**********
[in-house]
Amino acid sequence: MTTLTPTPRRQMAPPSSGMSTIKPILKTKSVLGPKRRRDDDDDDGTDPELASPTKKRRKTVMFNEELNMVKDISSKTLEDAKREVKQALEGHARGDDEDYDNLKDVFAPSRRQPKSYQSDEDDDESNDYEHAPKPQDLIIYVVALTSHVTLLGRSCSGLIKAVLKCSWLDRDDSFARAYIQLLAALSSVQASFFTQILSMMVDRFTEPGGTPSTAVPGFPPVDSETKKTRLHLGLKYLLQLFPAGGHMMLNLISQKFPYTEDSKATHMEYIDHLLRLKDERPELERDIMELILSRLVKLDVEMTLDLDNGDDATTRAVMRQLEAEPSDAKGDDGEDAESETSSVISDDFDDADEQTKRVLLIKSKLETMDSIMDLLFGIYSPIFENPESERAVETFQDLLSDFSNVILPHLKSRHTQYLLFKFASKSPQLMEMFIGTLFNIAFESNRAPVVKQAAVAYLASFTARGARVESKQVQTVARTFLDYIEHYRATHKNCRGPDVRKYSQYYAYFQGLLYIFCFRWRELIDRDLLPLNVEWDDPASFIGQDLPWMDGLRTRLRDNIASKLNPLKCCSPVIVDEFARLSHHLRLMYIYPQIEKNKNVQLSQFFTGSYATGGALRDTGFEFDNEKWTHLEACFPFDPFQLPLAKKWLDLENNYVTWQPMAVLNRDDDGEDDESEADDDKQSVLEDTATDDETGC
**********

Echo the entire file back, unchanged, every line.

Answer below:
[in-house]
Amino acid sequence: MTTLTPTPRRQMAPPSSGMSTIKPILKTKSVLGPKRRRDDDDDDGTDPELASPTKKRRKTVMFNEELNMVKDISSKTLEDAKREVKQALEGHARGDDEDYDNLKDVFAPSRRQPKSYQSDEDDDESNDYEHAPKPQDLIIYVVALTSHVTLLGRSCSGLIKAVLKCSWLDRDDSFARAYIQLLAALSSVQASFFTQILSMMVDRFTEPGGTPSTAVPGFPPVDSETKKTRLHLGLKYLLQLFPAGGHMMLNLISQKFPYTEDSKATHMEYIDHLLRLKDERPELERDIMELILSRLVKLDVEMTLDLDNGDDATTRAVMRQLEAEPSDAKGDDGEDAESETSSVISDDFDDADEQTKRVLLIKSKLETMDSIMDLLFGIYSPIFENPESERAVETFQDLLSDFSNVILPHLKSRHTQYLLFKFASKSPQLMEMFIGTLFNIAFESNRAPVVKQAAVAYLASFTARGARVESKQVQTVARTFLDYIEHYRATHKNCRGPDVRKYSQYYAYFQGLLYIFCFRWRELIDRDLLPLNVEWDDPASFIGQDLPWMDGLRTRLRDNIASKLNPLKCCSPVIVDEFARLSHHLRLMYIYPQIEKNKNVQLSQFFTGSYATGGALRDTGFEFDNEKWTHLEACFPFDPFQLPLAKKWLDLENNYVTWQPMAVLNRDDDGEDDESEADDDKQSVLEDTATDDETGC